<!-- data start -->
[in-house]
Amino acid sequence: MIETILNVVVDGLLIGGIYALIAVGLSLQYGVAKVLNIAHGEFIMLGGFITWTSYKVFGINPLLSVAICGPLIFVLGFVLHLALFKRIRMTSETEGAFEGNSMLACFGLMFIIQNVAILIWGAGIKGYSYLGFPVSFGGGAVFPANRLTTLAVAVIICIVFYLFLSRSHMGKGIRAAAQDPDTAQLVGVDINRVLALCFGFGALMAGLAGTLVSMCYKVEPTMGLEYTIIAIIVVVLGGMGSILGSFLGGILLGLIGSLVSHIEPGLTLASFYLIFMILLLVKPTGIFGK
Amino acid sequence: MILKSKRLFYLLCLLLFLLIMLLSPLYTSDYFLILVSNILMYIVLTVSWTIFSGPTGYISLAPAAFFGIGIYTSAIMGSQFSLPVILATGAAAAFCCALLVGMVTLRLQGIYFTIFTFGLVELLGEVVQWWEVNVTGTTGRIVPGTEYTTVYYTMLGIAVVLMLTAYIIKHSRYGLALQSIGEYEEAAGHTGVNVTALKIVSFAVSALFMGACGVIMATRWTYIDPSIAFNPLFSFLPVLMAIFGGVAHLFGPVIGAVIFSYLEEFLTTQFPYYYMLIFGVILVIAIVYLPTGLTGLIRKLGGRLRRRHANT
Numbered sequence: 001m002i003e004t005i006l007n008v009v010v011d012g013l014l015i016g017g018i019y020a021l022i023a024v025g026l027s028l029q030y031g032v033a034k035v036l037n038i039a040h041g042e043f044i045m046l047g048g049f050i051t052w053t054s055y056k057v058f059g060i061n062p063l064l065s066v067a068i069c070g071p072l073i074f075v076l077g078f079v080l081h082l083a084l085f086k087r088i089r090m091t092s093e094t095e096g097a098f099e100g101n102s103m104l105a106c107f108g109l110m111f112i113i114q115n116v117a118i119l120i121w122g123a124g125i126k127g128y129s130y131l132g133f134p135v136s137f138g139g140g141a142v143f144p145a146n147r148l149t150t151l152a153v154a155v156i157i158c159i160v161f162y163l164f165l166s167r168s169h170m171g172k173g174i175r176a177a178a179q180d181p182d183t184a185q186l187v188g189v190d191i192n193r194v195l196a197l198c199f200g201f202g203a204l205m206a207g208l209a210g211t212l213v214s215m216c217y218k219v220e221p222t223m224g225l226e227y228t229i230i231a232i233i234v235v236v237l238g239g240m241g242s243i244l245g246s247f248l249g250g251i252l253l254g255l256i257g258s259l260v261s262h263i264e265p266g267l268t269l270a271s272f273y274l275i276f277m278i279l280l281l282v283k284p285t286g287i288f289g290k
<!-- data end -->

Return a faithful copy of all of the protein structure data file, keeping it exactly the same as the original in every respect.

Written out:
[in-house]
Amino acid sequence: MIETILNVVVDGLLIGGIYALIAVGLSLQYGVAKVLNIAHGEFIMLGGFITWTSYKVFGINPLLSVAICGPLIFVLGFVLHLALFKRIRMTSETEGAFEGNSMLACFGLMFIIQNVAILIWGAGIKGYSYLGFPVSFGGGAVFPANRLTTLAVAVIICIVFYLFLSRSHMGKGIRAAAQDPDTAQLVGVDINRVLALCFGFGALMAGLAGTLVSMCYKVEPTMGLEYTIIAIIVVVLGGMGSILGSFLGGILLGLIGSLVSHIEPGLTLASFYLIFMILLLVKPTGIFGK
Amino acid sequence: MILKSKRLFYLLCLLLFLLIMLLSPLYTSDYFLILVSNILMYIVLTVSWTIFSGPTGYISLAPAAFFGIGIYTSAIMGSQFSLPVILATGAAAAFCCALLVGMVTLRLQGIYFTIFTFGLVELLGEVVQWWEVNVTGTTGRIVPGTEYTTVYYTMLGIAVVLMLTAYIIKHSRYGLALQSIGEYEEAAGHTGVNVTALKIVSFAVSALFMGACGVIMATRWTYIDPSIAFNPLFSFLPVLMAIFGGVAHLFGPVIGAVIFSYLEEFLTTQFPYYYMLIFGVILVIAIVYLPTGLTGLIRKLGGRLRRRHANT
Numbered sequence: 001m002i003e004t005i006l007n008v009v010v011d012g013l014l015i016g017g018i019y020a021l022i023a024v025g026l027s028l029q030y031g032v033a034k035v036l037n038i039a040h041g042e043f044i045m046l047g048g049f050i051t052w053t054s055y056k057v058f059g060i061n062p063l064l065s066v067a068i069c070g071p072l073i074f075v076l077g078f079v080l081h082l083a084l085f086k087r088i089r090m091t092s093e094t095e096g097a098f099e100g101n102s103m104l105a106c107f108g109l110m111f112i113i114q115n116v117a118i119l120i121w122g123a124g125i126k127g128y129s130y131l132g133f134p135v136s137f138g139g140g141a142v143f144p145a146n147r148l149t150t151l152a153v154a155v156i157i158c159i160v161f162y163l164f165l166s167r168s169h170m171g172k173g174i175r176a177a178a179q180d181p182d183t184a185q186l187v188g189v190d191i192n193r194v195l196a197l198c199f200g201f202g203a204l205m206a207g208l209a210g211t212l213v214s215m216c217y218k219v220e221p222t223m224g225l226e227y228t229i230i231a232i233i234v235v236v237l238g239g240m241g242s243i244l245g246s247f248l249g250g251i252l253l254g255l256i257g258s259l260v261s262h263i264e265p266g267l268t269l270a271s272f273y274l275i276f277m278i279l280l281l282v283k284p285t286g287i288f289g290k